Danny Sullivan gets to the heart of Facebook’s Graph Search: it depends on how connected you are, and who you are connected to.
When I’ve watched Facebook show me demos of Facebook Graph Search, and do some of the example searches I’ve itemized above, it’s impressive. But it’s also impressive because it’s a person from Facebook who makes heavy use on Facebook to connect to things and who is in turn tapping into the knowledge of many other Facebookers who are similarly hyper-connected. They are not, in a word, normal.
Consider me. Not only have I not liked my electrician, my plumber, my dentist, my doctor or my tax person on Facebook but I don’t even know if they have Facebook pages. I have nothing to offer to my Facebook friends in this regard.
Similarly, despite the huge number of books I read through my Kindle, I never go to like those books on Facebook, so books I love are more or less invisible on Facebook.
Facebook itself understands this challenge, but it’s hoping the promise of what search can provide will help encourage people to build the connections they may lack now.
“There are now new reasons to make these connections. We’re hoping the existence of that will encourage it,” said Tom Stocky, director of product management at Facebook, who has worked closely on the Facebook search product. “But absolutely, early on, that [your degree of connectedness] will make the experience you have with this vary.”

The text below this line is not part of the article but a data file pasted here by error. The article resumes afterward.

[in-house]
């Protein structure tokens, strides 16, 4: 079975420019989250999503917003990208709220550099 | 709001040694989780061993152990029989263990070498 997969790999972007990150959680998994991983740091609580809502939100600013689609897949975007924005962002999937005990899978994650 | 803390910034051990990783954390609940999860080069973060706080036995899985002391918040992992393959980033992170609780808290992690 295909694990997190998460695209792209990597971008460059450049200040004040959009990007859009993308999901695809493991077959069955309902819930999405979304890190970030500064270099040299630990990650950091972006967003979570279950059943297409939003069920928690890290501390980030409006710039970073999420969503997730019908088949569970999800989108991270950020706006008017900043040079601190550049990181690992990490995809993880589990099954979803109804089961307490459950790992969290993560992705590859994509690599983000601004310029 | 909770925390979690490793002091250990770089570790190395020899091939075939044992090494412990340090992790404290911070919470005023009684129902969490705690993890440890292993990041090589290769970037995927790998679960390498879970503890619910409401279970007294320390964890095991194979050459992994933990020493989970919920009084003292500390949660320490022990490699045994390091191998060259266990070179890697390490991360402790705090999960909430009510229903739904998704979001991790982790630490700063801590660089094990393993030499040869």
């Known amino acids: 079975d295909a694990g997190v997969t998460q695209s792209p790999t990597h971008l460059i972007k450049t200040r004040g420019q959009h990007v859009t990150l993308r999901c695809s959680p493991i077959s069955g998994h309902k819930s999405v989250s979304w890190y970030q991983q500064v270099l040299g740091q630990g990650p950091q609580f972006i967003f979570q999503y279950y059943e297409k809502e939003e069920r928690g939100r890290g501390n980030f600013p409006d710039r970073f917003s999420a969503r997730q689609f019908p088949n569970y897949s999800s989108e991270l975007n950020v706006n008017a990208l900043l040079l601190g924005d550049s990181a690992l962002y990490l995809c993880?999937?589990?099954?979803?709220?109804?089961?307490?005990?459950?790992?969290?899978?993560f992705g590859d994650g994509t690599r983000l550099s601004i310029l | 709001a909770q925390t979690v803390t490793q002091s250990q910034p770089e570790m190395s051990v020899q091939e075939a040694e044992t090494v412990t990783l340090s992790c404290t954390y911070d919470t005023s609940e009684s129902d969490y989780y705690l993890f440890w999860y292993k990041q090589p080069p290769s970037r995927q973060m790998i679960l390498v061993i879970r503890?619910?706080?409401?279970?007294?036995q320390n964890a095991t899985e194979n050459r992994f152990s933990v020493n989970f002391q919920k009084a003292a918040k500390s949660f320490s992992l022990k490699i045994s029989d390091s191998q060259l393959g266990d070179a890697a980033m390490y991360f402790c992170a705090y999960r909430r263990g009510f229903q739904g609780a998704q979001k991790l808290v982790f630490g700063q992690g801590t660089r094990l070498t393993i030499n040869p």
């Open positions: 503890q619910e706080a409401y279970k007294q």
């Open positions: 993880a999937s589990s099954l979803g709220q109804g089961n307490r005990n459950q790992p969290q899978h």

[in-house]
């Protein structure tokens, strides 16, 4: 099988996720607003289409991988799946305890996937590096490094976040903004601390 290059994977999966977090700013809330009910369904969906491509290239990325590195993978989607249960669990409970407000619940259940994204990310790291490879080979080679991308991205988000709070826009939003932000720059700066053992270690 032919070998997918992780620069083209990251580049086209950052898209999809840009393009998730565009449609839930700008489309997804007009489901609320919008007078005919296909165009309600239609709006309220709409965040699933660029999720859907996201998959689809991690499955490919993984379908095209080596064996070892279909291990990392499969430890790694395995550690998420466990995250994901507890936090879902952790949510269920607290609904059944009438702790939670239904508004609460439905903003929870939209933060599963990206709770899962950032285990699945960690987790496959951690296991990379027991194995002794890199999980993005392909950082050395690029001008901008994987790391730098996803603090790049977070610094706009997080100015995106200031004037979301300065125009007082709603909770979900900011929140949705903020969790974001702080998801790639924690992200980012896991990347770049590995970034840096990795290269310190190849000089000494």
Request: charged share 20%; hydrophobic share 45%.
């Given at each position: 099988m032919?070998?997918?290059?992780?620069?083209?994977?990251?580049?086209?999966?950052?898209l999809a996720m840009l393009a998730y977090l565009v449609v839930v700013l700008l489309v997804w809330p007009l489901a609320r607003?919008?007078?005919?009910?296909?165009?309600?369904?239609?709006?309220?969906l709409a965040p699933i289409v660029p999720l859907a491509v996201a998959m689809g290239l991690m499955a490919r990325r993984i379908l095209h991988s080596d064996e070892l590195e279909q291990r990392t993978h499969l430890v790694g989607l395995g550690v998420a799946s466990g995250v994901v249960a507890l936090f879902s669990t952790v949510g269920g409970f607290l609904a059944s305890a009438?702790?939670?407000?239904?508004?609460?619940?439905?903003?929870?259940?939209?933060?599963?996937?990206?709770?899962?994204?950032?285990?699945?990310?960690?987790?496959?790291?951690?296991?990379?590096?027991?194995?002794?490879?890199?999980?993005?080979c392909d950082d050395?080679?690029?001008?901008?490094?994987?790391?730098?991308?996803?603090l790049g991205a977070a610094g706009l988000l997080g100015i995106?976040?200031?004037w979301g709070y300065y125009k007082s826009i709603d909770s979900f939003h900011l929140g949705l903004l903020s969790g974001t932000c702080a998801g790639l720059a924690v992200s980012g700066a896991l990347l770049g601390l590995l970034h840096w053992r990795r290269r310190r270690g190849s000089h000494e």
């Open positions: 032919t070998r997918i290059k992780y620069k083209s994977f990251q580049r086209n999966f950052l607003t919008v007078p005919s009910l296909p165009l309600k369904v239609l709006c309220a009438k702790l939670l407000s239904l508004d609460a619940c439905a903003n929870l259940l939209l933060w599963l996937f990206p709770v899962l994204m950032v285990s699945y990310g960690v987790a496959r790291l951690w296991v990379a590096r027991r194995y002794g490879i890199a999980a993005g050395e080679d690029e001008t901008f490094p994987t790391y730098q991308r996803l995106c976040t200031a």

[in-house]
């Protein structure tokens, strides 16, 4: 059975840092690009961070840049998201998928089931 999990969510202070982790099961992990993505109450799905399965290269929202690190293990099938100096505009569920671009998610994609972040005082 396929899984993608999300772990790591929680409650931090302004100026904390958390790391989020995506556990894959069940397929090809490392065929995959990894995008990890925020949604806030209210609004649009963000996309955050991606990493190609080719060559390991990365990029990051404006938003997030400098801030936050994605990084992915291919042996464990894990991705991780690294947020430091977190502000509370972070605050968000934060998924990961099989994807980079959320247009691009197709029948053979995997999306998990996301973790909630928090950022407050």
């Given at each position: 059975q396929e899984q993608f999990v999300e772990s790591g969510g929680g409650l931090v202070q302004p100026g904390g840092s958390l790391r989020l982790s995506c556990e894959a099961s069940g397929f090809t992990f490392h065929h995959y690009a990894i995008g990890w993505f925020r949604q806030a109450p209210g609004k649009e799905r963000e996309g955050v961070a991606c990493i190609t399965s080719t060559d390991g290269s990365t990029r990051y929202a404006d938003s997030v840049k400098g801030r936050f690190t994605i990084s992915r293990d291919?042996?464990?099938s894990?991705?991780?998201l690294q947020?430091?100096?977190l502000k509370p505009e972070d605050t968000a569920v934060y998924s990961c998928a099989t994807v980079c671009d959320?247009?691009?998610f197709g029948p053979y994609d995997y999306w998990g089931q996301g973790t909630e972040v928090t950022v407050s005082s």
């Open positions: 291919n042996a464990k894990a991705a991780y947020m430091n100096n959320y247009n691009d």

There is a problem here. People are generally *not* motivated to do things now that could prove useful in the future only if everyone else does it too. Generally, people are motivated by immediate needs, like figuring out where to have lunch, today.
I like the weaker argument, that Facebook’s new search will make the Facebook experience slightly better — like allowing you to find all the pictures you’ve liked — instead of it becoming the social era replacement for Google search.
Danny Sullivan, Why Apple Is Going “Containment” Not “Thermonuclear” Against Google In iOS 6 (via searchengineland)
I haven’t been spending much time in Google+ — waiting for the self-referential nature of the system to die down a bit — but Danny Sullivan has been plugging away, and he compares Google+ to Twitter, which is my primary (nearly exclusive) social netwrok:
Danny Sullivan, Google+ Vs. Twitter: A Personal View